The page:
Quejo Coalho (cheese): This salty, rubbery cheese reminds me a bit of feta. It’s always served grilled, and here with a side of molasses. Savoury and decadent.

Torresminhos (pork rinds): This will be immediately familiar to fans of Mexican food, and Mocoto’s version will not disappoint. Multi-layered and salty, fatty, rich.

Torradinha de Carne de Sol (sun-dried beef): It might sound like jerky, but it isn’t. Cooked with onions until soft, it’s a signature of the Northeast.

Dobradinho (stewed tripes and sausages): It’s a poor man’s stew of the naughty bits that’s worth punching out of your comfort zone for.

Caldo de Mocoto (cow’s foot soup): Forget the texture. Yes, it’s challenging. But this bright orange soup is the essence of “comfort food.” Besides, how can you come to “Mocoto” and not have some? Try the local riff Mocofava, which adds butter beans.

But, as what I’d consider a “regular” now, I’ve arrived at a preferred menu that assures me of perfect happiness here. My menu starts at the bar.

If you’ve never had a caipirinha, Mocoto’s bar is the place to start. Brazil’s national cocktail is typically made with sliced and crushed lime, crushed ice, sugar, and cachaça liquor poured over top. You can get a passable caipirinhas anywhere. Mocoto is where you come to have your mind blown. If I recall correctly, you can get 70 different varieties, all made with Brazil’s dizzying array of fresh fruit. Many of these fruits will be completely alien to you. Some still are to me. Here are some of my favourites:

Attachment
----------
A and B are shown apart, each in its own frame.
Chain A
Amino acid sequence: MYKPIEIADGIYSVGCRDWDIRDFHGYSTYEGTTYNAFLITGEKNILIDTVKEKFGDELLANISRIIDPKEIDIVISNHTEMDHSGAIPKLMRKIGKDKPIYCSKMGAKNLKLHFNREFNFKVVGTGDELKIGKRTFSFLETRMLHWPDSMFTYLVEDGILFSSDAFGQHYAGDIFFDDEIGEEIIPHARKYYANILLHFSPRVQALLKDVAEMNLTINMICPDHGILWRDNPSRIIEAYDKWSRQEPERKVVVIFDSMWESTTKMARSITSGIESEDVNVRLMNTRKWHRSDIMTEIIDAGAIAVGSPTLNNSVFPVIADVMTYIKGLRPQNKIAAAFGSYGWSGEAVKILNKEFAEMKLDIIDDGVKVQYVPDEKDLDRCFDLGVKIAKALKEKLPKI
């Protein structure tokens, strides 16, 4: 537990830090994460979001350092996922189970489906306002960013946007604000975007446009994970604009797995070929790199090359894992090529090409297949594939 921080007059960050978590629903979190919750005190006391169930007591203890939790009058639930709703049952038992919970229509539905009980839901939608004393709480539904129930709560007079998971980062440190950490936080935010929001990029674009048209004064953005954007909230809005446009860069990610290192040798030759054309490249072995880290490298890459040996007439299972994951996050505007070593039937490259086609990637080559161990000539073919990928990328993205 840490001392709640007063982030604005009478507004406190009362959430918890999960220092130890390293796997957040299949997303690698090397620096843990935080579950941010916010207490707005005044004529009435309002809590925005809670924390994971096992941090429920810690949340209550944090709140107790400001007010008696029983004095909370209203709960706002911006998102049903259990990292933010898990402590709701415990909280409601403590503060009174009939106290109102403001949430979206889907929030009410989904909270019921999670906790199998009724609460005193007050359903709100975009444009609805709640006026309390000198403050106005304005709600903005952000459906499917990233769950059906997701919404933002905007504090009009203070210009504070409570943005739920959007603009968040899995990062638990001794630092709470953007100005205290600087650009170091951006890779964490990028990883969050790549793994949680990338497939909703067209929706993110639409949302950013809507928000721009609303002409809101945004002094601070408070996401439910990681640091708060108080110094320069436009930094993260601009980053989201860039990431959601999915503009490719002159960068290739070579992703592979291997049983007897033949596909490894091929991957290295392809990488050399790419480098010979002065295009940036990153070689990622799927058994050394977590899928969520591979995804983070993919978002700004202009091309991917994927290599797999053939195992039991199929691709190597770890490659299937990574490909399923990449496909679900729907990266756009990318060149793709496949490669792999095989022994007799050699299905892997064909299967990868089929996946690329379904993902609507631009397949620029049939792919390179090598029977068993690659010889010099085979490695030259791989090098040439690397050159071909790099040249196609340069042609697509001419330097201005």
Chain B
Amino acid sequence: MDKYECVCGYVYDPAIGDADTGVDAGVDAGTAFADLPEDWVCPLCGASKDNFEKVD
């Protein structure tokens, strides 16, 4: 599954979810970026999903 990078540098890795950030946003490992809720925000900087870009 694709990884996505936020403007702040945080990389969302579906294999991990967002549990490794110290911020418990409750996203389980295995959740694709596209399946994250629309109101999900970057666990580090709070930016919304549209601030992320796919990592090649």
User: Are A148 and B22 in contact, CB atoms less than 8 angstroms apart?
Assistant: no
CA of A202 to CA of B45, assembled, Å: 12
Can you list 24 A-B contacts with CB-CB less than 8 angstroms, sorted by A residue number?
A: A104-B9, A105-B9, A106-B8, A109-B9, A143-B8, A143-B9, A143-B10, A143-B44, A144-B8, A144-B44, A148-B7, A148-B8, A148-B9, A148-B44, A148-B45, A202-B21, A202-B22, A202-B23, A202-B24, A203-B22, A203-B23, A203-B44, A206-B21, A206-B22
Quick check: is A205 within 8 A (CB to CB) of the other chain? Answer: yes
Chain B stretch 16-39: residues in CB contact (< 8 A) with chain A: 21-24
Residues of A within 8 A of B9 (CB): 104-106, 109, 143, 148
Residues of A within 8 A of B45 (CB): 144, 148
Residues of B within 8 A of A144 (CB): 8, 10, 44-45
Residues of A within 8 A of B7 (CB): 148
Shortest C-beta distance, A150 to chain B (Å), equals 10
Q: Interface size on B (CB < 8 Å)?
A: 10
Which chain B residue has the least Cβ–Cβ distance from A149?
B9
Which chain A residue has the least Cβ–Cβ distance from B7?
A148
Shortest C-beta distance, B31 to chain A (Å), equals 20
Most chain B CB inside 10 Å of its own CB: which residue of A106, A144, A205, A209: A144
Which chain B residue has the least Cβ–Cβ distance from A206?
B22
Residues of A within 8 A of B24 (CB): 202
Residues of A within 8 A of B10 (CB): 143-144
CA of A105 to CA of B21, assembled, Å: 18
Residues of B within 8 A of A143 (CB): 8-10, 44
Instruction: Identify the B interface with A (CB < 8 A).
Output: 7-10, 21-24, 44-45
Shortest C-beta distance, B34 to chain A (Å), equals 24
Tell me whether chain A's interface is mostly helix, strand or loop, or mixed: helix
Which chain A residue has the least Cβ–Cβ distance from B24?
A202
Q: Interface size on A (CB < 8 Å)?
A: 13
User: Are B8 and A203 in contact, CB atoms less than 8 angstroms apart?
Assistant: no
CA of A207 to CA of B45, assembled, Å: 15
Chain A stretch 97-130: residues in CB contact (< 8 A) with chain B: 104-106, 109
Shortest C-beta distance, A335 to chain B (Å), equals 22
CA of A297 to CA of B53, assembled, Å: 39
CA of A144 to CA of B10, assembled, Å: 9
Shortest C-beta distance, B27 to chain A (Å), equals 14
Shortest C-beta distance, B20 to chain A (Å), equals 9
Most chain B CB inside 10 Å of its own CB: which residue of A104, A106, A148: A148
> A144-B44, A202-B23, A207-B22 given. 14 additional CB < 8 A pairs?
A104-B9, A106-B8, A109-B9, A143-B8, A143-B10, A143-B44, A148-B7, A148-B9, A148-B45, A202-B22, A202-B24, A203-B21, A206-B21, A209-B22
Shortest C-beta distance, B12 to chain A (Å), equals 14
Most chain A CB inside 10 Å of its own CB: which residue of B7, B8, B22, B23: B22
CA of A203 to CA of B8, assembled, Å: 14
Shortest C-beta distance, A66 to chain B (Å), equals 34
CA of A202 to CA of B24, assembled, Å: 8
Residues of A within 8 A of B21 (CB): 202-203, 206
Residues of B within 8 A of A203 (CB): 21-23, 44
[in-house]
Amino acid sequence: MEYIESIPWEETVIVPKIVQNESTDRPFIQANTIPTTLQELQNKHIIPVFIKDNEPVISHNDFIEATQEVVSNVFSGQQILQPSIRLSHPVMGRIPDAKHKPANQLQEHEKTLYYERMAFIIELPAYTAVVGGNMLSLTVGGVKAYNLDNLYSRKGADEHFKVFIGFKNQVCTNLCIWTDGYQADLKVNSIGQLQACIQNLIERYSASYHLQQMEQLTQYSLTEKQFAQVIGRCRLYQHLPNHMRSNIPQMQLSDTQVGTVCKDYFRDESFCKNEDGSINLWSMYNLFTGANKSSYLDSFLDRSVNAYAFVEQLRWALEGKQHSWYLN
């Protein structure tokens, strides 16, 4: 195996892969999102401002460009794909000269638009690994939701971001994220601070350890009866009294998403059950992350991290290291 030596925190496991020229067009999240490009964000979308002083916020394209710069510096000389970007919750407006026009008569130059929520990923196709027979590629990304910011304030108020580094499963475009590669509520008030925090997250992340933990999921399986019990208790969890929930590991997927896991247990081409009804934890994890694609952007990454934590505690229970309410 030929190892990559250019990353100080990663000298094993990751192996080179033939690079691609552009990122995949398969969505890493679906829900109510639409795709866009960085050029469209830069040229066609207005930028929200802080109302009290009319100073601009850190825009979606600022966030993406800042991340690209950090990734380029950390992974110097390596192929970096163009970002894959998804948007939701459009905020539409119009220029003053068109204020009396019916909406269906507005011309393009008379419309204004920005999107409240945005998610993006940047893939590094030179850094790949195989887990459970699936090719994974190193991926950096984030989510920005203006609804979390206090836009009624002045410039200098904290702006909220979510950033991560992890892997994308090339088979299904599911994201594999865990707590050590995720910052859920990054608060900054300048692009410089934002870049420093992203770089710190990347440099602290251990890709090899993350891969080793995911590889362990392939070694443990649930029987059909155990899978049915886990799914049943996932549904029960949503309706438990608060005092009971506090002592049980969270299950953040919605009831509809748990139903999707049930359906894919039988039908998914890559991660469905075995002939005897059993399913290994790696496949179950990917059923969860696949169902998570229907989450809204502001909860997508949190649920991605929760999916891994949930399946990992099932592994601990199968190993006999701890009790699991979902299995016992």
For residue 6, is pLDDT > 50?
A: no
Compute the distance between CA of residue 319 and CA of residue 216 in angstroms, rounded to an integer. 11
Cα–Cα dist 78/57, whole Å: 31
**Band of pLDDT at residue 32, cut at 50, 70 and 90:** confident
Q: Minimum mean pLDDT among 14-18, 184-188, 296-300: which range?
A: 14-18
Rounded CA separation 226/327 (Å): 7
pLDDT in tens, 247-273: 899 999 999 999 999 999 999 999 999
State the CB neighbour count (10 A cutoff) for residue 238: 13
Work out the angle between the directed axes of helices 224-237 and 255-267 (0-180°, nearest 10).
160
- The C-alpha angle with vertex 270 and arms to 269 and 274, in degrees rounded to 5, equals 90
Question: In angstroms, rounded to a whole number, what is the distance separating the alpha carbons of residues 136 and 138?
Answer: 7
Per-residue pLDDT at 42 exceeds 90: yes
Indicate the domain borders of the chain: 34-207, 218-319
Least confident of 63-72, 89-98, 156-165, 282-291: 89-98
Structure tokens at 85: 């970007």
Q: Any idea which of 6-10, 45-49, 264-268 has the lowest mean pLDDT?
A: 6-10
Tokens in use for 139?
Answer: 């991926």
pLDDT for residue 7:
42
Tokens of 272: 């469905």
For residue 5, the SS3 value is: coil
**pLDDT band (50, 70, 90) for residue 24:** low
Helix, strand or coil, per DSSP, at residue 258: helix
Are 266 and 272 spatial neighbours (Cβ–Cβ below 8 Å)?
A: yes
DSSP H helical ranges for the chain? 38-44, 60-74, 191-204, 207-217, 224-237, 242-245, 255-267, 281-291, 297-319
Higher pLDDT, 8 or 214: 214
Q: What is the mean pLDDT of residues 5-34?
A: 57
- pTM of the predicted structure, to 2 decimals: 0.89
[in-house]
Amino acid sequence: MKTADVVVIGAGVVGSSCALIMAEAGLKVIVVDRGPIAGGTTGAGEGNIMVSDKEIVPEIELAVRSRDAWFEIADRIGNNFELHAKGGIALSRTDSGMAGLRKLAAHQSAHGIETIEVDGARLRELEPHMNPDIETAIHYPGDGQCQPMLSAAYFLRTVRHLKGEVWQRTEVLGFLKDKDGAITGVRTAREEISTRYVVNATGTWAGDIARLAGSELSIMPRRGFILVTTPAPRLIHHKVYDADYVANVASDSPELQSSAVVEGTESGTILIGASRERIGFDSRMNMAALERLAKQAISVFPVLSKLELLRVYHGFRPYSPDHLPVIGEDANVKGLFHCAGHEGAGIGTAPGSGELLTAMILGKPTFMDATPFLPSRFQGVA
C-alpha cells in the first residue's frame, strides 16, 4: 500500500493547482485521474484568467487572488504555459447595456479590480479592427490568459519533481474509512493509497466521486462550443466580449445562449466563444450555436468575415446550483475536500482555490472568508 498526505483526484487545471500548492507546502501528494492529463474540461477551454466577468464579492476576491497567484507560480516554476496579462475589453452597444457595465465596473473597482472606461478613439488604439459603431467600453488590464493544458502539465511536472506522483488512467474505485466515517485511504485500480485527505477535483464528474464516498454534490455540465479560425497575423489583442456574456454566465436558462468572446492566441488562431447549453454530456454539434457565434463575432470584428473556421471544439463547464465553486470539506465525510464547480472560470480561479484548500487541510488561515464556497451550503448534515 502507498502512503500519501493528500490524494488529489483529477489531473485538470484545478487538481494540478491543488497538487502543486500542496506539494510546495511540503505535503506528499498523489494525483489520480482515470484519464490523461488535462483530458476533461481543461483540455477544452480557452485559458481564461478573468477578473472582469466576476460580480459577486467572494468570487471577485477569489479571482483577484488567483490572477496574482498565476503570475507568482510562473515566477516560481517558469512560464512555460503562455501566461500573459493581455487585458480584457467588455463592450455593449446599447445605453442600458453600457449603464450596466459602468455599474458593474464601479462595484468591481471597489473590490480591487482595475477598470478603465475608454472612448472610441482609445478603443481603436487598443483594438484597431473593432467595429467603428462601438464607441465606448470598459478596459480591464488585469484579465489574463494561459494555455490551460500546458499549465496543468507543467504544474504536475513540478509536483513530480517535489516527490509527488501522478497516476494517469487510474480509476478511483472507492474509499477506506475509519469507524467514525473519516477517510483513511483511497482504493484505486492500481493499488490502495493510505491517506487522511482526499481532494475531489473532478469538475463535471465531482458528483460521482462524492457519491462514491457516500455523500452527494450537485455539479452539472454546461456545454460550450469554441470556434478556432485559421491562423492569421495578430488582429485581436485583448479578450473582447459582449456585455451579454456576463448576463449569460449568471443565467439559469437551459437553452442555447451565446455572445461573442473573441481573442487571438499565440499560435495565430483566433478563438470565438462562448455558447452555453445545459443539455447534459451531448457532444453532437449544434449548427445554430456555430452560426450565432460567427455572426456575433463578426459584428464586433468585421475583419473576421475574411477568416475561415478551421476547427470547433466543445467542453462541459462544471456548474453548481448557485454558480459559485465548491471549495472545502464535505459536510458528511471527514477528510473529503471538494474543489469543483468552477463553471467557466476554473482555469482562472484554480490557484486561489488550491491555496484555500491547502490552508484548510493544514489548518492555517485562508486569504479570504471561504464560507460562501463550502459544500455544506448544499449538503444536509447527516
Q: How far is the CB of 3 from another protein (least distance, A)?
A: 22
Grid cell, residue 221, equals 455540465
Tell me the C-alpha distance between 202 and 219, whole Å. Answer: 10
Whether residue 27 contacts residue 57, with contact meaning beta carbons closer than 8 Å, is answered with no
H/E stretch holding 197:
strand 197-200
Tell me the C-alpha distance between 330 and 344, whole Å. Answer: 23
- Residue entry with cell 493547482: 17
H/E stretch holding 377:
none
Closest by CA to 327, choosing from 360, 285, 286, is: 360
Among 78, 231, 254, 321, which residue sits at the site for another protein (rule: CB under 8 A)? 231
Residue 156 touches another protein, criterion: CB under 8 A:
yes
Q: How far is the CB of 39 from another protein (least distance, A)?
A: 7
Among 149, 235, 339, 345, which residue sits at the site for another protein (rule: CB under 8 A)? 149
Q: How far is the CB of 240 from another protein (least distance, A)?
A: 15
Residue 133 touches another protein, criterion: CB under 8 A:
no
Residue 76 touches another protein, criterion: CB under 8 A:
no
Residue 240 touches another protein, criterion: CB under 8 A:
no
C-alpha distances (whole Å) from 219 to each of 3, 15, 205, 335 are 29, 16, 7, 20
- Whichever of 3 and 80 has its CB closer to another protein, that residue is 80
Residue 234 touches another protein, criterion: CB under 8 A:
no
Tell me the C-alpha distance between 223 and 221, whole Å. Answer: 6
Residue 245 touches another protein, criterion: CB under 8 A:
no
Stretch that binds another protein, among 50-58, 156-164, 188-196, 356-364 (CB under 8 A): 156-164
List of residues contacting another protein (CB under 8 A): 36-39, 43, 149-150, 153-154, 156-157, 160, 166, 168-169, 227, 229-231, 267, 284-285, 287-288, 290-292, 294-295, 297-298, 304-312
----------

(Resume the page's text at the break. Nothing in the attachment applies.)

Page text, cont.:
Tres Limoes (three limes): A riff on the traditional version, this one incorporates Clove, Tahitian, and Sicilian lemons.

Verao (summer): This caipirinha incorporates caja jelly, basil, and tangerine.

Mandacaru: Lime, Cointreau, and a salt-rimmed glass. The perfect bridge to the margarita.

After getting started with one of these, I like to start with a salad. If you think salads can’t be exciting, try the Sertaneja, a deceptively simple affair of tomatoes, scallions, red onions, and cilantro.

For the entrée, you have to try an Atolado at least once in your life. It’s a slow-cooked meat stew (your choice of beef (vaca), chicken (frango), or goat (bode), in crockery with manioc, cherry tomatoes, green onion, pickled pumpkin, and green olive. The closest thing I can compare it to is a Moroccan Tajine.

Atolados come in challenging portions. If you’re dining with a friend, split it. Then, unlike me, you might actually have room for dessert.

That’s right. Despite my claim to know something about this place, I know nothing about the dessert menu, because the generous portions always make me hit the wall long before the idea is even suggested.

Damn it, just have another caipirinha and pour yourself into a cab. You’ll be glad you did.

How does it work?
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Grant Patterson

Grant is a retired law enforcement officer and native of Vancouver, BC. He has also lived in Brazil. He has written twelve books. In 2018, two of them were shortlisted for the 2018 Wattys Awards. 

See all posts by Grant Patterson